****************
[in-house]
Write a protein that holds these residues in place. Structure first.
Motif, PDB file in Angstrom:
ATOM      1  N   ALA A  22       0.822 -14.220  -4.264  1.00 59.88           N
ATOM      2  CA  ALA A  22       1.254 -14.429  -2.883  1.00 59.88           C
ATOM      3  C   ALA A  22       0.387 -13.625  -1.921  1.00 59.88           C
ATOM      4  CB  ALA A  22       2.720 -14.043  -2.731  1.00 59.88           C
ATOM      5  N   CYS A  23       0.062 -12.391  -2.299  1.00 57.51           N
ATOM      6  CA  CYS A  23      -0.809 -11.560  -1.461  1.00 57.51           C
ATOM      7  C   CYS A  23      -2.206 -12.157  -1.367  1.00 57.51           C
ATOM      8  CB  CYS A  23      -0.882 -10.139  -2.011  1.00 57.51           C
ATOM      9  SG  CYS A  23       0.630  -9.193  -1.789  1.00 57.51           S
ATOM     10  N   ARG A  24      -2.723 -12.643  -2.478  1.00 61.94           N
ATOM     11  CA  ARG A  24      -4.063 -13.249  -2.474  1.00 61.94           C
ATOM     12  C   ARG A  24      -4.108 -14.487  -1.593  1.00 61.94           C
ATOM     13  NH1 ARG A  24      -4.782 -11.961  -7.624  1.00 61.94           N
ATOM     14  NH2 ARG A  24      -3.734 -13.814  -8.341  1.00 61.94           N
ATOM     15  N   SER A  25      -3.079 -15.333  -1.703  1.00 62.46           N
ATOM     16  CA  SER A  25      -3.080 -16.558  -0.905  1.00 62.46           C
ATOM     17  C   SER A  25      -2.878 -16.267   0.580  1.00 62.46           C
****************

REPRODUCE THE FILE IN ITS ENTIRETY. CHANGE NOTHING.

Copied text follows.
[in-house]
Write a protein that holds these residues in place. Structure first.
Motif, PDB file in Angstrom:
ATOM      1  N   ALA A  22       0.822 -14.220  -4.264  1.00 59.88           N
ATOM      2  CA  ALA A  22       1.254 -14.429  -2.883  1.00 59.88           C
ATOM      3  C   ALA A  22       0.387 -13.625  -1.921  1.00 59.88           C
ATOM      4  CB  ALA A  22       2.720 -14.043  -2.731  1.00 59.88           C
ATOM      5  N   CYS A  23       0.062 -12.391  -2.299  1.00 57.51           N
ATOM      6  CA  CYS A  23      -0.809 -11.560  -1.461  1.00 57.51           C
ATOM      7  C   CYS A  23      -2.206 -12.157  -1.367  1.00 57.51           C
ATOM      8  CB  CYS A  23      -0.882 -10.139  -2.011  1.00 57.51           C
ATOM      9  SG  CYS A  23       0.630  -9.193  -1.789  1.00 57.51           S
ATOM     10  N   ARG A  24      -2.723 -12.643  -2.478  1.00 61.94           N
ATOM     11  CA  ARG A  24      -4.063 -13.249  -2.474  1.00 61.94           C
ATOM     12  C   ARG A  24      -4.108 -14.487  -1.593  1.00 61.94           C
ATOM     13  NH1 ARG A  24      -4.782 -11.961  -7.624  1.00 61.94           N
ATOM     14  NH2 ARG A  24      -3.734 -13.814  -8.341  1.00 61.94           N
ATOM     15  N   SER A  25      -3.079 -15.333  -1.703  1.00 62.46           N
ATOM     16  CA  SER A  25      -3.080 -16.558  -0.905  1.00 62.46           C
ATOM     17  C   SER A  25      -2.878 -16.267   0.580  1.00 62.46           C